Maintaining continuity of maternity support during COVID-19: Position Statement
Updated: 24 March 2020
Birth for Humankind fully supports the physical distancing measures and precautionary protocols that are being put in place to reduce the risk of transmission of COVID-19.
We also know there are multiple barriers preventing women experiencing social and economic disadvantage and social isolation from accessing the health system and getting the care and support they need. We seek to ensure that they are not further disadvantaged at this time.
Our priority is to maintain continuity of support for women experiencing disadvantage during pregnancy, birth and early parenting, whilst preventing the spread of COVID-19 and protecting our clients, volunteers, staff and wider community.
Restrictions on ‘visitors’ in hospital settings
Doulas are part of the professional support team available to women and families during pregnancy, birth and early parenting. They provide critical support, especially during times of heightened fear and anxiety, especially for women experiencing disadvantage. The presence of a doula is linked to improved maternal health indicators and birthing outcomes for women – and may reduce the amount of time the client needs to spend in hospital.
We believe it is critical to maintain a client-centred care approach that takes into consideration the unique needs of women experiencing disadvantage and complex care needs. Therefore, we believe extenuating circumstances and the individual needs of vulnerable clients must be taken into consideration and their doulas allowed to accompany them (and partner, if applicable).
We are continuing to reach out to our contacts in government and hospitals to enable this to happen.
We are continuing to deliver services, as close to normal as the circumstances allow.
Additional protocols – We have implemented stringent new protocols, in line with government advice. This includes but is not limited to all staff working from home until further notice; additional screening of all clients before appointments or allocating a new doula; required reporting and self-isolation for any staff member or doula if they meet the risk criteria, and prohibition of any meetings with clients, staff or other volunteers if they meet the risk criteria.
Doula support – Our doulas are still available to see clients and, whilst following social distancing procedures, are still available to meet clients face-to-face if the client and doula both feel comfortable doing so. They are also equipped to transfer meetings to online settings and are regularly available to check-in with clients over the phone.
Given current hospital visitor protocols, we expect to see a temporary reduction in the number of doulas being able to attend hospital appointments with clients – but they can still meet or contact them immediately before and after.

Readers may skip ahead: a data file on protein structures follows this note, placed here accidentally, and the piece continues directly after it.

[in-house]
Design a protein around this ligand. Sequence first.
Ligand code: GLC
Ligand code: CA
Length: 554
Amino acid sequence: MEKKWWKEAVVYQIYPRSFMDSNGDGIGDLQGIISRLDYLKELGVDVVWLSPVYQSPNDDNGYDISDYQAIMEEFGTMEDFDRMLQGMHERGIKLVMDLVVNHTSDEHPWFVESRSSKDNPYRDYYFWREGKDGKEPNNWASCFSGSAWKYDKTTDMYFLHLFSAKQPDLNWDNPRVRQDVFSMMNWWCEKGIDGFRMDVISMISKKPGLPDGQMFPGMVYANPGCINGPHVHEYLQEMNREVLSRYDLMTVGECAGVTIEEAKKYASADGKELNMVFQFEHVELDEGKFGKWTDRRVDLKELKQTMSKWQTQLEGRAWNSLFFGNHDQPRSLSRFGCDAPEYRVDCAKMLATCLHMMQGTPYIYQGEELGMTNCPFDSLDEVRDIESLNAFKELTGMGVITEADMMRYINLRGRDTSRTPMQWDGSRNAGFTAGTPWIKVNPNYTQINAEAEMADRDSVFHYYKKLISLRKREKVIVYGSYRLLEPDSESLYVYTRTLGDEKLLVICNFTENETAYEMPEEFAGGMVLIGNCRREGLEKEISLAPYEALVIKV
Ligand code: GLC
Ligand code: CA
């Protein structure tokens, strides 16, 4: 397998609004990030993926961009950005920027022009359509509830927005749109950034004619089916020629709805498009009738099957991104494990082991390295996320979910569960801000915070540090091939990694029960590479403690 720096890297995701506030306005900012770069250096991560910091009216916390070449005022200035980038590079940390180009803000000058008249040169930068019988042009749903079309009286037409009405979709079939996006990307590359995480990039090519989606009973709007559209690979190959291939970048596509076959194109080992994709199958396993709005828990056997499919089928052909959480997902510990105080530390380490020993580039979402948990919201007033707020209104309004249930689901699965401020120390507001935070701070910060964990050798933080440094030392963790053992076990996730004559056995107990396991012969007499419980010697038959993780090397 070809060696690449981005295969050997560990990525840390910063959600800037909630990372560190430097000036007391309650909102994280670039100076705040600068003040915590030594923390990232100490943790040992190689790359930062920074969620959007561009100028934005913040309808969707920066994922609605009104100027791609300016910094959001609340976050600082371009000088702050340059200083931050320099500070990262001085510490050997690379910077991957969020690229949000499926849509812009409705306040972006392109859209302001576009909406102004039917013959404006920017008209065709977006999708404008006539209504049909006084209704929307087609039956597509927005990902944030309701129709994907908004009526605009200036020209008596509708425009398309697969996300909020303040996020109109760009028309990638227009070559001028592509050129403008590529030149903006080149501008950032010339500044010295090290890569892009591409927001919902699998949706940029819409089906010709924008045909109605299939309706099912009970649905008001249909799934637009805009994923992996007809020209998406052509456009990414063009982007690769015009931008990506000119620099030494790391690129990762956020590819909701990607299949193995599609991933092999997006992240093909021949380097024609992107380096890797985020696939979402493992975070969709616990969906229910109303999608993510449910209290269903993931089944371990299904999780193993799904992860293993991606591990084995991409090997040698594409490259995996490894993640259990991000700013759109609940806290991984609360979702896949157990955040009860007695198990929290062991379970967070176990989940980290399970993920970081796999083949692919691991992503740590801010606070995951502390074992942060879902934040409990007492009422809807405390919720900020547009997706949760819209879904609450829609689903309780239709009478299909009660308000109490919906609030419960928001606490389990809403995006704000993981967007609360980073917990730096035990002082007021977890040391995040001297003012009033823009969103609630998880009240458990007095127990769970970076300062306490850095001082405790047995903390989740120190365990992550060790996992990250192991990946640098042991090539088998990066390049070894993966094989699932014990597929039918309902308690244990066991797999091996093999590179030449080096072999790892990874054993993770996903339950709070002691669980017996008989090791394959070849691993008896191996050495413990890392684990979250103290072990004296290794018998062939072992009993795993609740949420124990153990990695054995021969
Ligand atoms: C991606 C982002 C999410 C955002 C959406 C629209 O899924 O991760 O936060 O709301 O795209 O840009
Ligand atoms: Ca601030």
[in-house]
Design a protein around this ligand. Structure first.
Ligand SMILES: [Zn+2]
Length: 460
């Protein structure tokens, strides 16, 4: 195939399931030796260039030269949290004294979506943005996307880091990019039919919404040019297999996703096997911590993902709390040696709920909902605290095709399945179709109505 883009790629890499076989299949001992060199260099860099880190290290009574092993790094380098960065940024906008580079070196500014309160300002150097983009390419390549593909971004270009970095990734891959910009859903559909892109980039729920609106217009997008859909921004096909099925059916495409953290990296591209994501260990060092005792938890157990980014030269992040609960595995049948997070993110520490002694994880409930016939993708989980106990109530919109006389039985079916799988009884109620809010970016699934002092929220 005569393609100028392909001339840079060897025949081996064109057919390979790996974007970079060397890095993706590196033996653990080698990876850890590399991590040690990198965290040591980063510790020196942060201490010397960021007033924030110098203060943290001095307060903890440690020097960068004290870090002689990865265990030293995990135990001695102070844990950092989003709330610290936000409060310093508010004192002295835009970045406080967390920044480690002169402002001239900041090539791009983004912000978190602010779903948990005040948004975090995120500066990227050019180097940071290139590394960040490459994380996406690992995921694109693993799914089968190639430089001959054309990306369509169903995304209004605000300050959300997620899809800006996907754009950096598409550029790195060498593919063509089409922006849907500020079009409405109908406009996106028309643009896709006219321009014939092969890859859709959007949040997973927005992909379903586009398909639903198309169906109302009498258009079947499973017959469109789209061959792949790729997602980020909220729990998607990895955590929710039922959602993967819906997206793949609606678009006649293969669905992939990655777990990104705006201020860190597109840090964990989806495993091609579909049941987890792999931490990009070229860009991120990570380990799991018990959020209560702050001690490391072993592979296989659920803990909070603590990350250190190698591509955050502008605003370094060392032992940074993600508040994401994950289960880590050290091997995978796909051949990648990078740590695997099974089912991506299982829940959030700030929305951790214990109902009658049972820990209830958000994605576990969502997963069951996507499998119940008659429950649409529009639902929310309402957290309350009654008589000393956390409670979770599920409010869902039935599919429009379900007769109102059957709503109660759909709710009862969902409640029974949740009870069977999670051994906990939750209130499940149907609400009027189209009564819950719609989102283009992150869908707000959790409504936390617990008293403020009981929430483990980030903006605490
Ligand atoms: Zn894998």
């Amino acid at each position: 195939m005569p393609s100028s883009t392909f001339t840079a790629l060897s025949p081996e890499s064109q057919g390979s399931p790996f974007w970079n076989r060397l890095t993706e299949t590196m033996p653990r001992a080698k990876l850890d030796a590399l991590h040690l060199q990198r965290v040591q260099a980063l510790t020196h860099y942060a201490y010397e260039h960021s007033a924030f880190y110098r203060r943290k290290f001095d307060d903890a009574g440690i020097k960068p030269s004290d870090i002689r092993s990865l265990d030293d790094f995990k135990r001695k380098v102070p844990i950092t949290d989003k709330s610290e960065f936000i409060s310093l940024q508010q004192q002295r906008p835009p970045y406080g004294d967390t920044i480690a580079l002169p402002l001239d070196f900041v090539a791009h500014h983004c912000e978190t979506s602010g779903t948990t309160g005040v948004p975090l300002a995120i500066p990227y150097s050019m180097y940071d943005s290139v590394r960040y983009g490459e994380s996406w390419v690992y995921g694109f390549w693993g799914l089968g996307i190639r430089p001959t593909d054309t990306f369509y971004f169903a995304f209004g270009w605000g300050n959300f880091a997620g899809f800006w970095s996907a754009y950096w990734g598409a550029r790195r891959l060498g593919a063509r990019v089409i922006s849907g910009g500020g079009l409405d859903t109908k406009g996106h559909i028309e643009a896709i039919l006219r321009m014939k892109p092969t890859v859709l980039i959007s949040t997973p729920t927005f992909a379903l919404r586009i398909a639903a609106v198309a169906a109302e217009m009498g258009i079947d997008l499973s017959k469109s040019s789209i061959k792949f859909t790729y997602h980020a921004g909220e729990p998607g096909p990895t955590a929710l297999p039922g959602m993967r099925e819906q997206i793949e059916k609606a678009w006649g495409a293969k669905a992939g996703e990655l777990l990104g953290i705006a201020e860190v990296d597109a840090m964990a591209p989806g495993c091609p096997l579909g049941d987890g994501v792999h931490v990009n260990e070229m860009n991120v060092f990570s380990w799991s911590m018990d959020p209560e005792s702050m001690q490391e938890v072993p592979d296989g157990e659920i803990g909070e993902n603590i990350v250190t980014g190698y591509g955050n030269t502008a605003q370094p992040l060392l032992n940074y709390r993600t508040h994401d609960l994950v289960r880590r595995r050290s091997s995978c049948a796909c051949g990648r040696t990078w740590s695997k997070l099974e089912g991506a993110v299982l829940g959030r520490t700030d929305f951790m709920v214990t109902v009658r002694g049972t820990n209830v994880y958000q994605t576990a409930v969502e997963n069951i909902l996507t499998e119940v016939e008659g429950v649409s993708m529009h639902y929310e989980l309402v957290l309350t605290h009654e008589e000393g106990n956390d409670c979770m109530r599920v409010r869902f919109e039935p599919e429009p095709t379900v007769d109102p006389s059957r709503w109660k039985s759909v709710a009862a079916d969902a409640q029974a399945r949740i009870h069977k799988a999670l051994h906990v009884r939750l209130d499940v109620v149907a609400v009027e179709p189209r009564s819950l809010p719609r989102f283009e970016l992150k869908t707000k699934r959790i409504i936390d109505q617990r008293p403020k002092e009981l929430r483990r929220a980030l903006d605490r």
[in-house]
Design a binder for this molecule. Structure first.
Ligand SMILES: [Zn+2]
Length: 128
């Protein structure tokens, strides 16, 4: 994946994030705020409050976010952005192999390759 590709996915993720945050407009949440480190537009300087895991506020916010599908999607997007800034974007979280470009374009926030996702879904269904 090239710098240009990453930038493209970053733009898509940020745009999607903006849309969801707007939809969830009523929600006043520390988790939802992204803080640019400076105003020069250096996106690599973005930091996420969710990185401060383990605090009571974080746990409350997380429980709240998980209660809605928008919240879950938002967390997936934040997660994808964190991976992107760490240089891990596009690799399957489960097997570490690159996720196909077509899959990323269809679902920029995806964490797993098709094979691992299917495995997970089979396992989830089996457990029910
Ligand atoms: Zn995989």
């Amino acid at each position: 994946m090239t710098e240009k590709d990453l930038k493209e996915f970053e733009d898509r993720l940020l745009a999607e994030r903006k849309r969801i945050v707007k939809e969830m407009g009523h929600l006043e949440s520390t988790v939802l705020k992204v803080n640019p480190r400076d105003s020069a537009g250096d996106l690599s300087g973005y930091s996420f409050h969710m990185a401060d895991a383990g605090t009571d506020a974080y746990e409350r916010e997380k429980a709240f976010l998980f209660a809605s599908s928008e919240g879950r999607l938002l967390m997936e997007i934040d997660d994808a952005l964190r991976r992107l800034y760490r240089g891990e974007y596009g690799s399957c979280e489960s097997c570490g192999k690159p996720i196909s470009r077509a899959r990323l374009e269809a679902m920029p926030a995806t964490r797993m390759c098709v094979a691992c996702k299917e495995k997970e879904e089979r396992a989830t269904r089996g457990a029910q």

We always aim to have back-up doulas available to support clients in the case of unforeseen circumstances arising or requiring additional support needs. We are continuing to do this to mitigate the risk of doulas being unable to support clients.
If further restrictions on movement are put in place, we are preparing to temporarily transition all doula and client meetings to online settings.
This service is possible thanks to the tireless commitment of our volunteer doulas. This unprecedented situation is putting increased burden on everyone and we are aware that this may impact doula’s availability as they juggle other competing demands, including work, and family responsibilities. This may mean a temporary reduction in the number of new clients we can match with a doula. Whilst this is not yet the case, we are closely observing the situation and are exploring other ways we can maintain connection with clients and share resources.
Extended postnatal support – As per our pregnancy and birth doula support, extended postnatal support is still available face-to-face if the client and doula are comfortable doing so, and risk screening is negative and social distancing procedures are in place. It can also be delivered online or by phone. We envisage that there will an increased demand for extended postnatal support in the coming months after social distancing measures are relaxed, as a result of reduced social contact and support available to women from multiple services during this time. As always, we are continuing to recruit and train new doulas and raise revenue to ensure we have ample resources to meet client demand.
Training and induction – We have already transitioned our new doula induction course to an online setting and have inducted eleven new volunteer doulas in the last week. Our 18-week bicultural doula training is under way and we have already transitioned to an online learning environment. This has meant reorganising some content, so the more ‘hands-on’ training can be carried out at a later date once we are no longer enforcing social distancing measures.
Social connection for clients – We recognise that clients experiencing disadvantage and social isolation are at increased risk. As a way of maintaining connection and building community amongst clients we are launching Birth for Humankind client ‘chat groups’. These groups aim to connect pregnant women and new mums with shared experiences. We will encourage clients to access groups in their preferred language and /or in their local area to build community and reduce social isolation.
We understand the need for 'physical distancing', but are working hard to ensure it doesn't come at the expense of social connection. We welcome the opportunity to work with you to ensure continuity of support for women experiencing disadvantage during this difficult time.
If you have any questions, please contact us.